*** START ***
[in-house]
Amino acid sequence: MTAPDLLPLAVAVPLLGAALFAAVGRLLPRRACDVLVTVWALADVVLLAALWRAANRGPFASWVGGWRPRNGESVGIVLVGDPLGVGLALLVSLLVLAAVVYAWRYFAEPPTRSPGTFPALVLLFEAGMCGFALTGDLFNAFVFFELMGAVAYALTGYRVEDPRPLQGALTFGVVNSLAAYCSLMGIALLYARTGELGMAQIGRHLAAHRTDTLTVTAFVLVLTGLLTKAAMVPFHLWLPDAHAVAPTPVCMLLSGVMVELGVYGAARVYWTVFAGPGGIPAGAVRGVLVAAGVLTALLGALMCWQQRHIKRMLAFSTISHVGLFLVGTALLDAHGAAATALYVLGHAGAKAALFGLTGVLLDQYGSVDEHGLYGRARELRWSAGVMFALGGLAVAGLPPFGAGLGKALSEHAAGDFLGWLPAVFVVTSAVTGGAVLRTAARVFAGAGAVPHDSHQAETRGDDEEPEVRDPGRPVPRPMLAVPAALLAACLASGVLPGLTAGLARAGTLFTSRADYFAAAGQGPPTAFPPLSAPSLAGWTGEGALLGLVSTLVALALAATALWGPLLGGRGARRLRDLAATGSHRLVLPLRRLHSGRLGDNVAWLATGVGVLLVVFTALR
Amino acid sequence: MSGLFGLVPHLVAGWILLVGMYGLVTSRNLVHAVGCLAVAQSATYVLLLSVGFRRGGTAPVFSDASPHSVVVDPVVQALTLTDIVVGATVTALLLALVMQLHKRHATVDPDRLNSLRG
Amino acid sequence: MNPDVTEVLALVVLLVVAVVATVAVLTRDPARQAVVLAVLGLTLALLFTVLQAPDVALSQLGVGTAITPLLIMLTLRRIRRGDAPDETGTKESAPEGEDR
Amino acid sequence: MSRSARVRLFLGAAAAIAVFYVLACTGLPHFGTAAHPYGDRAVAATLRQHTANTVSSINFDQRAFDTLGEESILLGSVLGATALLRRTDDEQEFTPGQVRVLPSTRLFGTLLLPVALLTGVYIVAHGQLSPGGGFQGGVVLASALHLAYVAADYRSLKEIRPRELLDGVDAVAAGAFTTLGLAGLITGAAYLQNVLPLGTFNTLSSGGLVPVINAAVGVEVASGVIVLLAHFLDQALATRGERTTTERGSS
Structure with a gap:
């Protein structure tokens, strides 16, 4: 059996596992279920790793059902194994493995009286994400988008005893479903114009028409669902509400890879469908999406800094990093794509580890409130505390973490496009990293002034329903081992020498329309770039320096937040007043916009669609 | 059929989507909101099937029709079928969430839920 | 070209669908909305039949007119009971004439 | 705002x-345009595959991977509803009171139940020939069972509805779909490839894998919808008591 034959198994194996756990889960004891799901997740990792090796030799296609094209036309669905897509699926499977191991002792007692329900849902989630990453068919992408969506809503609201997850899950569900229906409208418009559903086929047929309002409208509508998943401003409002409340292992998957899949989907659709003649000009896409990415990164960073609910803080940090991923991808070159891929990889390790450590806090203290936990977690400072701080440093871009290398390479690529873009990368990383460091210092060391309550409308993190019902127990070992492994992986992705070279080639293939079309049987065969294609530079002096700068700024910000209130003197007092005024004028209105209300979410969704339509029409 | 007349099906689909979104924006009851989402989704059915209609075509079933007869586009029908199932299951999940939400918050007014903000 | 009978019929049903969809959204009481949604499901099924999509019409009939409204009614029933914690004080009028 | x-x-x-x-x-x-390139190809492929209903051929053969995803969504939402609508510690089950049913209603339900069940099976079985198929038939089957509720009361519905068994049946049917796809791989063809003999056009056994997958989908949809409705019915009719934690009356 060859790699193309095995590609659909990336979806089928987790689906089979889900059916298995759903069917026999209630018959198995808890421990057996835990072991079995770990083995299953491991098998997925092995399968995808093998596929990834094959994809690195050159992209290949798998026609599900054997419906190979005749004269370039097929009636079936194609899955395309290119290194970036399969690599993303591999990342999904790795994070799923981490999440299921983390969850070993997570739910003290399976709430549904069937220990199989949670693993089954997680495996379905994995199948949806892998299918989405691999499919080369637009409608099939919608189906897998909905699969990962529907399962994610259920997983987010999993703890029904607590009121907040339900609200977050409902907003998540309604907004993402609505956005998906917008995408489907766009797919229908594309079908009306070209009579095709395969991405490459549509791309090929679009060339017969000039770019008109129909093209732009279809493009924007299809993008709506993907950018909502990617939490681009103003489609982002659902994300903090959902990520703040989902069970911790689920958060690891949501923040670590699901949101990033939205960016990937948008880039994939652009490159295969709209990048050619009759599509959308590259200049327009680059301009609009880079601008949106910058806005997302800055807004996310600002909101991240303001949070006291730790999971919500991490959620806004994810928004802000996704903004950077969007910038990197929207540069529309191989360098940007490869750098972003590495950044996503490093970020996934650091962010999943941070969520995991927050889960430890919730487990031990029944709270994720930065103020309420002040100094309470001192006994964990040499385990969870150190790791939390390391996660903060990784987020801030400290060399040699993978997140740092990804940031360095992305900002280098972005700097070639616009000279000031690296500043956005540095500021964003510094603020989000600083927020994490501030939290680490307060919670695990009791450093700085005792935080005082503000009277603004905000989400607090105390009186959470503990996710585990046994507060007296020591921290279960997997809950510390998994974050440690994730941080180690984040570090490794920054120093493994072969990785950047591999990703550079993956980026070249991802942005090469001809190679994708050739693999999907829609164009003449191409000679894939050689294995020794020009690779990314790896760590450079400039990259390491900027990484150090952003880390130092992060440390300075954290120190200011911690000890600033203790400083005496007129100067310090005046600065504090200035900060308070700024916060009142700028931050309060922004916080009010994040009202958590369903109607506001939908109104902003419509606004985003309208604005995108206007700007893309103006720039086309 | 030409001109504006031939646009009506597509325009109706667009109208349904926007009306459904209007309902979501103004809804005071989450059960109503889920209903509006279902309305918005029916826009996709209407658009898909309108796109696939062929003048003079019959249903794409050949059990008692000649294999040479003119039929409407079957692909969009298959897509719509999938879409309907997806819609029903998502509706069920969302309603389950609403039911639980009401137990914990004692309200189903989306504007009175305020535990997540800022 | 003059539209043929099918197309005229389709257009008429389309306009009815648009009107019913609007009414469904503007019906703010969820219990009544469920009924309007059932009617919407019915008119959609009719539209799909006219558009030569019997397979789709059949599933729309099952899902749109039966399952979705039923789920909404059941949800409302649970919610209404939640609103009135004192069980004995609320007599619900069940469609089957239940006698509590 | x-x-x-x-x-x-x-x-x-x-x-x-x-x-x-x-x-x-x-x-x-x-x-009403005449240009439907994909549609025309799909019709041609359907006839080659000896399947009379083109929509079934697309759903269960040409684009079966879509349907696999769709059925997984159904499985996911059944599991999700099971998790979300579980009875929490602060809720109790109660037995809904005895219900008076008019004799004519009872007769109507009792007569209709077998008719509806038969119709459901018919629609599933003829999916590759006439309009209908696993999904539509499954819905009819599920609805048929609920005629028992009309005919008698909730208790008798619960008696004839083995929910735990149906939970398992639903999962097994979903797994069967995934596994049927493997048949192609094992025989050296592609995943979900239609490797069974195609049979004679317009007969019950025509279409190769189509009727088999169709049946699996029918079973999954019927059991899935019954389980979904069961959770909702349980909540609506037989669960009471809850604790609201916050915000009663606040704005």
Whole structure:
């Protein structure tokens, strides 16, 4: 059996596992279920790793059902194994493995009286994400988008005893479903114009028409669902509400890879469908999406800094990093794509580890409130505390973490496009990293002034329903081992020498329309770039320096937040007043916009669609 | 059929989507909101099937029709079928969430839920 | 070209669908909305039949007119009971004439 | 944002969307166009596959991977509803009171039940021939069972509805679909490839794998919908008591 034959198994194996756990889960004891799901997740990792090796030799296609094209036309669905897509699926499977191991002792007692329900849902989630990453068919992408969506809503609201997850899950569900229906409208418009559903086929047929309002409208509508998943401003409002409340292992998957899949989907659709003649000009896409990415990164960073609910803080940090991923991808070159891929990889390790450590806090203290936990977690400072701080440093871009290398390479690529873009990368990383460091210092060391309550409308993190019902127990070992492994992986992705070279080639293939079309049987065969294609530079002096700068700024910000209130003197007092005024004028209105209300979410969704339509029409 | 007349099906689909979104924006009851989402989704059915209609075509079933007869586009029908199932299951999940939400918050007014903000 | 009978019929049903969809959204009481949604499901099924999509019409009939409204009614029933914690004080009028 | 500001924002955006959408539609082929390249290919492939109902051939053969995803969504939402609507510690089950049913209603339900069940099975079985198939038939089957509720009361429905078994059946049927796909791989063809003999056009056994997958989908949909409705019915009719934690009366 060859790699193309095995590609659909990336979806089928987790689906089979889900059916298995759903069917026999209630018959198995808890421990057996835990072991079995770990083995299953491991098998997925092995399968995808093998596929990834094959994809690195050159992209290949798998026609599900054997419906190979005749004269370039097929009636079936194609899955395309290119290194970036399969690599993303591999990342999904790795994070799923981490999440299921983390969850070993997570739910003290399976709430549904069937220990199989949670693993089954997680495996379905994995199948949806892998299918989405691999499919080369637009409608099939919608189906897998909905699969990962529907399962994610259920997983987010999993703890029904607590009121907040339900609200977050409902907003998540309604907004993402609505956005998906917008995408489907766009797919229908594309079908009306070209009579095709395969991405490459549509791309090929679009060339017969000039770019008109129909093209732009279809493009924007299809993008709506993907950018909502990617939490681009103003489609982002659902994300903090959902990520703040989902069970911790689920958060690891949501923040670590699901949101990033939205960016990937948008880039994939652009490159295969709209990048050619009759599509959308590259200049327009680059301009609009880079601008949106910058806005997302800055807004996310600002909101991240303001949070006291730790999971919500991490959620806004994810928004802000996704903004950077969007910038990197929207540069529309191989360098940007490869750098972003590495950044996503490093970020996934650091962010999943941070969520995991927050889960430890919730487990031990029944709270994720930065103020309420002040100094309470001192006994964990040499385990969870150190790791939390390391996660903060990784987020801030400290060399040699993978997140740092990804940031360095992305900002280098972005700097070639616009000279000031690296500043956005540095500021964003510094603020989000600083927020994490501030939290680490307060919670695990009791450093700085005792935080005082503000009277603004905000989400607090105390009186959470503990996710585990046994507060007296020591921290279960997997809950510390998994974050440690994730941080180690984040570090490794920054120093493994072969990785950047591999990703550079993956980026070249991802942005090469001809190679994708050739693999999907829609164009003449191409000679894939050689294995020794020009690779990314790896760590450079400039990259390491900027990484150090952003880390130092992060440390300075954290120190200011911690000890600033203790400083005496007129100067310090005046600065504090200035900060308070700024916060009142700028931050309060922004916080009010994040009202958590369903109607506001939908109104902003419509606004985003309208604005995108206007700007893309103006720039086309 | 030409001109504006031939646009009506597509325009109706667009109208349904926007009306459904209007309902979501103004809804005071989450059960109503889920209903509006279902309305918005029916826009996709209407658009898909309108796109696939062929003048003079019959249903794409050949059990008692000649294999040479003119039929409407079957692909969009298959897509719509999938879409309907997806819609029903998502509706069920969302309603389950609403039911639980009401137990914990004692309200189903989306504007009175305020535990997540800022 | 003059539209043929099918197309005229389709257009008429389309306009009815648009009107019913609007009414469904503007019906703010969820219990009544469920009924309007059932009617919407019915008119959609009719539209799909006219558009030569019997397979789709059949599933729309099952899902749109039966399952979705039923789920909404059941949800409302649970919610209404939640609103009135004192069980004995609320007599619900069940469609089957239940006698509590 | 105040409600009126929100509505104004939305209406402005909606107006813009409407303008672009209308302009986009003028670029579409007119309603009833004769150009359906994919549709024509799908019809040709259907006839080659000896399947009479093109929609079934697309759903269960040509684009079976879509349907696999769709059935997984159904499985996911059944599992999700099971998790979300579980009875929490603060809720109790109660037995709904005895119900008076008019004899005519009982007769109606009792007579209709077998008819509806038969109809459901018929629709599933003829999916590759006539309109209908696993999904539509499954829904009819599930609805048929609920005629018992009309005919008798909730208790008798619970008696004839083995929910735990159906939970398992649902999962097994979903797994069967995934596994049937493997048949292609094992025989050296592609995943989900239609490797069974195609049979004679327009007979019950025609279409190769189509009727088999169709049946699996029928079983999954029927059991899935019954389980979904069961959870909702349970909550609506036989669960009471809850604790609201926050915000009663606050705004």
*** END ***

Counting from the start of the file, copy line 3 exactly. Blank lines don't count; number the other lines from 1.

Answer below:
Amino acid sequence: MSGLFGLVPHLVAGWILLVGMYGLVTSRNLVHAVGCLAVAQSATYVLLLSVGFRRGGTAPVFSDASPHSVVVDPVVQALTLTDIVVGATVTALLLALVMQLHKRHATVDPDRLNSLRG